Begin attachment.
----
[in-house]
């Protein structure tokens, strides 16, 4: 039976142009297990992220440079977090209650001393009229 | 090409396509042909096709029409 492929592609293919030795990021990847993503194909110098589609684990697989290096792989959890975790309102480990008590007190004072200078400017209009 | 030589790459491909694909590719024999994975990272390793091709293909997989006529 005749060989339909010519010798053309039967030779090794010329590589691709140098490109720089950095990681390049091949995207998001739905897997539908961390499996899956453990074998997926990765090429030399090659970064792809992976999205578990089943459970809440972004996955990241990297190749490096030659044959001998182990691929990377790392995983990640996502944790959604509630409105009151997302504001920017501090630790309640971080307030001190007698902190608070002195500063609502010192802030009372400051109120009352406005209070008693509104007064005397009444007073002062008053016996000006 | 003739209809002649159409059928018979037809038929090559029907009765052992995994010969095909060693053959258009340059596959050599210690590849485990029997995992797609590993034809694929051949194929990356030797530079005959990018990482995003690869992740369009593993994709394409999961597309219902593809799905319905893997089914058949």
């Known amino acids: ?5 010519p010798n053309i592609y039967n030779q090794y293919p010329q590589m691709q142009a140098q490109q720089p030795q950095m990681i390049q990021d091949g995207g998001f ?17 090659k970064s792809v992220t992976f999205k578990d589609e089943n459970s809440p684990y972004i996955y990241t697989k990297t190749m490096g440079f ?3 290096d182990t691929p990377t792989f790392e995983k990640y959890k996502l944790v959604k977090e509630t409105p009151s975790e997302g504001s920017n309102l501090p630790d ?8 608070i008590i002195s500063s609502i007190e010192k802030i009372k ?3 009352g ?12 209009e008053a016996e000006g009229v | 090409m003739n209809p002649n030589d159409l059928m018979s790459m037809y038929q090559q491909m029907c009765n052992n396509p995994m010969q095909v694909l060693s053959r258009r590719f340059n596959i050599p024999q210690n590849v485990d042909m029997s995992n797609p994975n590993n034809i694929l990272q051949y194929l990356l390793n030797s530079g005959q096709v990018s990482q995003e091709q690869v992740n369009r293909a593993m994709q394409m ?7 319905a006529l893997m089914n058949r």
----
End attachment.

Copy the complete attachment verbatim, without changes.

[in-house]
């Protein structure tokens, strides 16, 4: 039976142009297990992220440079977090209650001393009229 | 090409396509042909096709029409 492929592609293919030795990021990847993503194909110098589609684990697989290096792989959890975790309102480990008590007190004072200078400017209009 | 030589790459491909694909590719024999994975990272390793091709293909997989006529 005749060989339909010519010798053309039967030779090794010329590589691709140098490109720089950095990681390049091949995207998001739905897997539908961390499996899956453990074998997926990765090429030399090659970064792809992976999205578990089943459970809440972004996955990241990297190749490096030659044959001998182990691929990377790392995983990640996502944790959604509630409105009151997302504001920017501090630790309640971080307030001190007698902190608070002195500063609502010192802030009372400051109120009352406005209070008693509104007064005397009444007073002062008053016996000006 | 003739209809002649159409059928018979037809038929090559029907009765052992995994010969095909060693053959258009340059596959050599210690590849485990029997995992797609590993034809694929051949194929990356030797530079005959990018990482995003690869992740369009593993994709394409999961597309219902593809799905319905893997089914058949």
């Known amino acids: ?5 010519p010798n053309i592609y039967n030779q090794y293919p010329q590589m691709q142009a140098q490109q720089p030795q950095m990681i390049q990021d091949g995207g998001f ?17 090659k970064s792809v992220t992976f999205k578990d589609e089943n459970s809440p684990y972004i996955y990241t697989k990297t190749m490096g440079f ?3 290096d182990t691929p990377t792989f790392e995983k990640y959890k996502l944790v959604k977090e509630t409105p009151s975790e997302g504001s920017n309102l501090p630790d ?8 608070i008590i002195s500063s609502i007190e010192k802030i009372k ?3 009352g ?12 209009e008053a016996e000006g009229v | 090409m003739n209809p002649n030589d159409l059928m018979s790459m037809y038929q090559q491909m029907c009765n052992n396509p995994m010969q095909v694909l060693s053959r258009r590719f340059n596959i050599p024999q210690n590849v485990d042909m029997s995992n797609p994975n590993n034809i694929l990272q051949y194929l990356l390793n030797s530079g005959q096709v990018s990482q995003e091709q690869v992740n369009r293909a593993m994709q394409m ?7 319905a006529l893997m089914n058949r």